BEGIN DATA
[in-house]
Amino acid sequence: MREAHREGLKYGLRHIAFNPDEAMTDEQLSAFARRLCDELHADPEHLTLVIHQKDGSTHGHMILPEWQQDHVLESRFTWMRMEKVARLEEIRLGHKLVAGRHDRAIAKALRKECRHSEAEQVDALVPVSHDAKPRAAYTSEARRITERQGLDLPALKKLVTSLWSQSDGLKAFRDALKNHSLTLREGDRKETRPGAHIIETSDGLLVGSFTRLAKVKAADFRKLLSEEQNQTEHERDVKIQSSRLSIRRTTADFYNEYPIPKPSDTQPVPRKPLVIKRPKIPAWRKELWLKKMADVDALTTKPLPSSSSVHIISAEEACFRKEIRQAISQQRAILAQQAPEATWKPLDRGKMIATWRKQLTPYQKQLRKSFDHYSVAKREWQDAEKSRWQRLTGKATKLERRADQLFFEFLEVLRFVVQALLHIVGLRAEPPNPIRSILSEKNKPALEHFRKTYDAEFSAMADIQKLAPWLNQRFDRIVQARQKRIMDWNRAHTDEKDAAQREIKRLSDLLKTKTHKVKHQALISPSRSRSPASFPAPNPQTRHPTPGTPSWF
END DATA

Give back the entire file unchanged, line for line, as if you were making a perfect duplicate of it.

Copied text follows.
[in-house]
Amino acid sequence: MREAHREGLKYGLRHIAFNPDEAMTDEQLSAFARRLCDELHADPEHLTLVIHQKDGSTHGHMILPEWQQDHVLESRFTWMRMEKVARLEEIRLGHKLVAGRHDRAIAKALRKECRHSEAEQVDALVPVSHDAKPRAAYTSEARRITERQGLDLPALKKLVTSLWSQSDGLKAFRDALKNHSLTLREGDRKETRPGAHIIETSDGLLVGSFTRLAKVKAADFRKLLSEEQNQTEHERDVKIQSSRLSIRRTTADFYNEYPIPKPSDTQPVPRKPLVIKRPKIPAWRKELWLKKMADVDALTTKPLPSSSSVHIISAEEACFRKEIRQAISQQRAILAQQAPEATWKPLDRGKMIATWRKQLTPYQKQLRKSFDHYSVAKREWQDAEKSRWQRLTGKATKLERRADQLFFEFLEVLRFVVQALLHIVGLRAEPPNPIRSILSEKNKPALEHFRKTYDAEFSAMADIQKLAPWLNQRFDRIVQARQKRIMDWNRAHTDEKDAAQREIKRLSDLLKTKTHKVKHQALISPSRSRSPASFPAPNPQTRHPTPGTPSWF